PERSONAL FINANCE NEWS

BRITS DON’T LIKE TO QUEUE ANY MORE
British people are no longer as willing to patiently queue, according to research published today by the Payments Council. In fact, the average British adult can stand just 10 minutes and 42 seconds of waiting before getting frustrated. 83 per cent of people now turn to virtual alternatives to avoid queuing, while 21 per cent of people even admit to taking drastic measures, such as shopping late at night, to avoid having to wait in line. Somewhat surprisingly, Londoners are more patient than others, willing to wait an average of 12 minutes.

TALKING ABOUT MONEY ISN’T VULGAR
According to research from uSwitch.com, British people are much more willing to talk about their salaries. Over a third of people – 37 per cent – are happy to discuss their salary with friends, while nearly a quarter would be happy to reveal their debts. Over half of people would tell friends the value of their house, and a third would reveal the size of the mortgage. Perhaps most remarkably, 82 per cent of people claim to find the idea of haggling acceptable. Despite that, however, only four per cent of people wouldn’t mind their friends knowing if they had to use a pawnbroker, suggesting that not all taboos are dead.

UNINSURED DRIVERS CAUSING HAVOC
Uninsured drivers are rife on our roads. Research from moneysupermarket.com indicates that as many as one in six British people have broken the law by driving a car without insurance. One in three uninsured drivers claimed not to realise that they needed insurance, while one in ten claimed simply not to be able to afford insurance. Presumably reflecting the higher premiums they pay, younger motorists were the most likely to drive uninsured, with 28 per cent of those aged between 18 and 34 admitting to driving a vehicle without insurance. Uninsured drivers are estimated to add £30 on average to the cost of every premium, costing a total of £500m.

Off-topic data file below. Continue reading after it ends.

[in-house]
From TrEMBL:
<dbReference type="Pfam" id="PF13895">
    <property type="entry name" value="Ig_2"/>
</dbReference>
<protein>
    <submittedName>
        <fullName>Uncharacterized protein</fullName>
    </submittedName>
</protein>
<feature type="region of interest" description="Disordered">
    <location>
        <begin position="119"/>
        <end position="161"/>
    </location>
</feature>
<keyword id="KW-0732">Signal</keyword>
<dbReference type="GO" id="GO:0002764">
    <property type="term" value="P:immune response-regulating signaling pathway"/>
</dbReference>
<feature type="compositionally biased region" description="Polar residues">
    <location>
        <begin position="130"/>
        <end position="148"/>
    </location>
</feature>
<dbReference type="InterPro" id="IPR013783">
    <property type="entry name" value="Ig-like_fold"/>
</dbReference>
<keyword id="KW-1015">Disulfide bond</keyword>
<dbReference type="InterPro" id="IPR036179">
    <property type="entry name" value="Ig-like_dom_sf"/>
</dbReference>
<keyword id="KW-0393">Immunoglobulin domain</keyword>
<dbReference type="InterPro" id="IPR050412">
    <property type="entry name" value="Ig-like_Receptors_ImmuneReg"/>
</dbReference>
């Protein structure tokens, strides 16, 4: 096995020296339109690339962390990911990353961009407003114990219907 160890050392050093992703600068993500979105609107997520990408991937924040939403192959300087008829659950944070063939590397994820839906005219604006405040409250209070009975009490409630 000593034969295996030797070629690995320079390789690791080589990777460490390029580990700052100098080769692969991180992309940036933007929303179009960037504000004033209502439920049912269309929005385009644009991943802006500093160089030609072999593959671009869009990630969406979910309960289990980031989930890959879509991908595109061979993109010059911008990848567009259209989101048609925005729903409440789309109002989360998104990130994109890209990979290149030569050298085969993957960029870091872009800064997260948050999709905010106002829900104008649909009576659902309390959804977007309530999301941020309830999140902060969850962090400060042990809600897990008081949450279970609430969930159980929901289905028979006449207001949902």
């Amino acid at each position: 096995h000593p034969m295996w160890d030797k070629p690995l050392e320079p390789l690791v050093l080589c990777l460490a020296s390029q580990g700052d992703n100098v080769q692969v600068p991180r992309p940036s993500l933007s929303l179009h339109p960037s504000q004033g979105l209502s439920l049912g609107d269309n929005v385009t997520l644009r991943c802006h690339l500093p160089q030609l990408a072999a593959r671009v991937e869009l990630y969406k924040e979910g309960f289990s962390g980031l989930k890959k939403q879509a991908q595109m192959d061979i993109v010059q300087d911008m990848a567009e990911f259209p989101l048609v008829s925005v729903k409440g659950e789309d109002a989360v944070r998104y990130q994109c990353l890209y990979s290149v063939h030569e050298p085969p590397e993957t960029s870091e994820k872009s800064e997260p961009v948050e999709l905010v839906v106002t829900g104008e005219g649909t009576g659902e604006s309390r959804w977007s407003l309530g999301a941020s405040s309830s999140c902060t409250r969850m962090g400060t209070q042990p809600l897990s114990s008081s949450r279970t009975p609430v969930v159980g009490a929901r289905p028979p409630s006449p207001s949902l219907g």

TOO MANY TRICKS DURING HALLOWEEN
11.3m people have suffered damage to their homes during the “mischief week” between Halloween and bonfire night, according to Santander. On average, damage cost each homeowner £324 in repair bills. The most common offence is egging, with 5.9m people estimated to have had their houses egged. Shockingly, two percent of people claim to have been violently attacked by people using fireworks as weapons. Those living in the North-West of England are most at risk of suffering, while those in Scotland were least likely. The average cost to homeowners was highest in London, however, averaging £457, and lowest in the East Midlands.